Sunday was the 2011 Brooklyn Book Festival. The weather was beautiful, the turn-out great and don’t get me started on the food trucks (I ♥ @fritesnmeats ). Lori from @TNBBC drove us into the city (Thanks Lori!) and I think I can speak for both of us when I say it was a blast!
So what were the highlights? Prepare yourself for Parentheses OVERLOAD!
5 minutes in…literally 5 minutes… I spotted the Akashic Books booth. I know next to nothing about Akashic Books (they published Go the F*ck to Sleep) . But I fell in love with their Noir Series of city anthologies and had to buy two. ($10.00 each! Most tables had books discounted, which was awesome!). The first book, Brooklyn Noir, was published in 2004. Since then the series has grown to 50-something books… I tried to count them all on their website but it was too much work. Akashic is committed to keeping the books authentic – which means that many of the stories are written by native authors and translated into English. I am now the proud owner of Haiti & Havana Noir. (Don’t Ask! I’ve no idea why I got stuck in the H’s). And I saw Mumbai Noir on the Akashic website… which I wishlisted.
Lori & I, between the two of us, attended a fair number of panels… 5 in all. The first was at 11AM – Radical Fictions – presented by The Housing Works (one of my favorite bookshops). It featured readings by Jennifer Gilmore, David Goodwillie & Justin Taylor. Lori was there for Justin, but I’d circled this one in advance because I was interested in the counter-culture vibe. Of the three it was Goodwillie’s reading from his novel, American Subversive, that really grabbed my attention. Onto my GoodReads wishlist it went. (This is the part when I tell you how freakin’ awesome the GoodReads app for the droid phone is! Seriously. It made keeping track of the books I wanted sooo much easier. You can type in a search or – if you can figure out a way to do this without looking shifty, which I haven’t so feel free to share – scan the barcode to bring up the book instantly).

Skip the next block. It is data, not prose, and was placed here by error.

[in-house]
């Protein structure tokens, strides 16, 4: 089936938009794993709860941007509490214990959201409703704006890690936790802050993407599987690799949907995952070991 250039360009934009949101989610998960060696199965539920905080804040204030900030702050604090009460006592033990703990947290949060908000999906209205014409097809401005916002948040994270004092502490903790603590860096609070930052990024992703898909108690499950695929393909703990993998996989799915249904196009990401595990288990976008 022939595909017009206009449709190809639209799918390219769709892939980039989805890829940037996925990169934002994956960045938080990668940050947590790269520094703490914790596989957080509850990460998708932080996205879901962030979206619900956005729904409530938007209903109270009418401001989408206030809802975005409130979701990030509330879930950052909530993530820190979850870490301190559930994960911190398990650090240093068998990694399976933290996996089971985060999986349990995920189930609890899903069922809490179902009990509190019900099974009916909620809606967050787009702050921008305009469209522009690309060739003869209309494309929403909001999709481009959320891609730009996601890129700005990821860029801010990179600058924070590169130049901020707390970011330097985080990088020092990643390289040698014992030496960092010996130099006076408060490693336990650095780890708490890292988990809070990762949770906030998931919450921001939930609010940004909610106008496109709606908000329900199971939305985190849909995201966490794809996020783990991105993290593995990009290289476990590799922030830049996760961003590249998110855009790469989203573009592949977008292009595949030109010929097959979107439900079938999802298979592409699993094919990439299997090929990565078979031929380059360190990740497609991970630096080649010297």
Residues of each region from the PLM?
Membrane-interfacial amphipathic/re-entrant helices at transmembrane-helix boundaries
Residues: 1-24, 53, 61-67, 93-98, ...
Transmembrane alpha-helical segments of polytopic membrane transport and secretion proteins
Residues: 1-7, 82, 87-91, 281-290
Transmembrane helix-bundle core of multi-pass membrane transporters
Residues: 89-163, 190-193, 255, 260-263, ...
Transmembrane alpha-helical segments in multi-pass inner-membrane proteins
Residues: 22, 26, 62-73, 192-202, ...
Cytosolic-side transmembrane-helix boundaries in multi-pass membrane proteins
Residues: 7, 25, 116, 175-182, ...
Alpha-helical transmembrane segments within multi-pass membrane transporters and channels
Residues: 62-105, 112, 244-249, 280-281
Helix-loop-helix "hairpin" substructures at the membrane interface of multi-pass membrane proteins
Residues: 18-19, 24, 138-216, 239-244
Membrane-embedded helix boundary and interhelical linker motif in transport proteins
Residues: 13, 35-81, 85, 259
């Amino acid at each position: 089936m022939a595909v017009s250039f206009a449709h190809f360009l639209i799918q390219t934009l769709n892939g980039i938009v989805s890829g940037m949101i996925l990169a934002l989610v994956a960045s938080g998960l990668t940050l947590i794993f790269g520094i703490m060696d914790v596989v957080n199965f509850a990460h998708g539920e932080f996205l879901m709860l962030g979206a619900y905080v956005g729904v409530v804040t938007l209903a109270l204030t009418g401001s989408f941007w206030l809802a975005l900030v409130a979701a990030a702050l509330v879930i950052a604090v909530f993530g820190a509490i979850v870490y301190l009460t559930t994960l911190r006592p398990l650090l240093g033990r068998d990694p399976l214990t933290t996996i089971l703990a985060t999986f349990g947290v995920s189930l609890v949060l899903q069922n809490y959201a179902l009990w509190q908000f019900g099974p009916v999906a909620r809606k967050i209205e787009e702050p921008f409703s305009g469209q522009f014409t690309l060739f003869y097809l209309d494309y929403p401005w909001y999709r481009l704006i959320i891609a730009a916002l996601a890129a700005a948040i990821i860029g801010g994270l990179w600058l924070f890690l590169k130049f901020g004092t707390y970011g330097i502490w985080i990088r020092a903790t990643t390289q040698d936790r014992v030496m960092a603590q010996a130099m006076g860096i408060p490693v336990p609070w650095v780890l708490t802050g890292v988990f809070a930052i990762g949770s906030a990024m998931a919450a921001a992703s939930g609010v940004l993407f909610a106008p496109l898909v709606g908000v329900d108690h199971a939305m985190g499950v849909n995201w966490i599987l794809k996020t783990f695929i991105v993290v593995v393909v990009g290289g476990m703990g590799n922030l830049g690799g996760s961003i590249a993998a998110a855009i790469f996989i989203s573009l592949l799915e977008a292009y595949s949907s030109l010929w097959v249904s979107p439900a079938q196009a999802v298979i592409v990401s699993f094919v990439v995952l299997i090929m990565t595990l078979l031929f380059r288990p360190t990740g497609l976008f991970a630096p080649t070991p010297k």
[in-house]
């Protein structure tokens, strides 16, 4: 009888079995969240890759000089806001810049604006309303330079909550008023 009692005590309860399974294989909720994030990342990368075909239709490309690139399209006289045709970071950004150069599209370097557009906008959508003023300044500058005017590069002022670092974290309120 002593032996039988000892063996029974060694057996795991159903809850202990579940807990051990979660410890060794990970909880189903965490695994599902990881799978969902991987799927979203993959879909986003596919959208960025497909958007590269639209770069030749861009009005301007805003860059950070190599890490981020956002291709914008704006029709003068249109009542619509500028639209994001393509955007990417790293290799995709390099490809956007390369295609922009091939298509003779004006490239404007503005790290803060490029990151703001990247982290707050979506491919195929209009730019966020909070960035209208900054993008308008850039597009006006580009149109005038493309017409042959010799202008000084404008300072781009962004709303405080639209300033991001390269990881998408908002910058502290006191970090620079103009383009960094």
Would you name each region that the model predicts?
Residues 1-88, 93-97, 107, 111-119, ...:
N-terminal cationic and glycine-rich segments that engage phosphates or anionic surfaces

Next stop: Borough Hall. The lines were huge. Lori and I had planned ahead to split here… she met up with Levi Asher (Literary Kicks Blog) and they went to Apocalypse Now, and Then What? Tananarive Due (who two women RAVED about when we were on line getting the tickets), Patrick Somerville & Colson Whitehead were on this panel which was moderated by Paul Morris. I went on my own to see Walker In the City, moderated by Edmund White. Sergio Chejfec (with his lovely translator Margaret B. Carson) were the draw for me, but I was happily surprised by the readings of the two authors I wasn’t familiar with – Geoff Nicholson & Teju Cole.Edmund White was an excellent moderator… is there anything literary-related this man doesn’t do well? Not only did the authors have time to read from their books, but he asked them really interesting and (even more rare) relevant questions. Nicholson, in addition to being an author, also blogs at The Hollywood Walker. Teju Cole did an amazing job discussing and reading his new book Open City (he called it an exploration in subtle asshole-ness) which led to my second purchase of the day. (For those keeping track: yes I bought the 2 Noir books. But I bought them at the same time which equals 1 purchase. That’s my story and I’m sticking to it). Overall, though there wasn’t time for audience questions (which in my opinion are over-rated and tend to suck) Walker in the City surpassed my high expectations.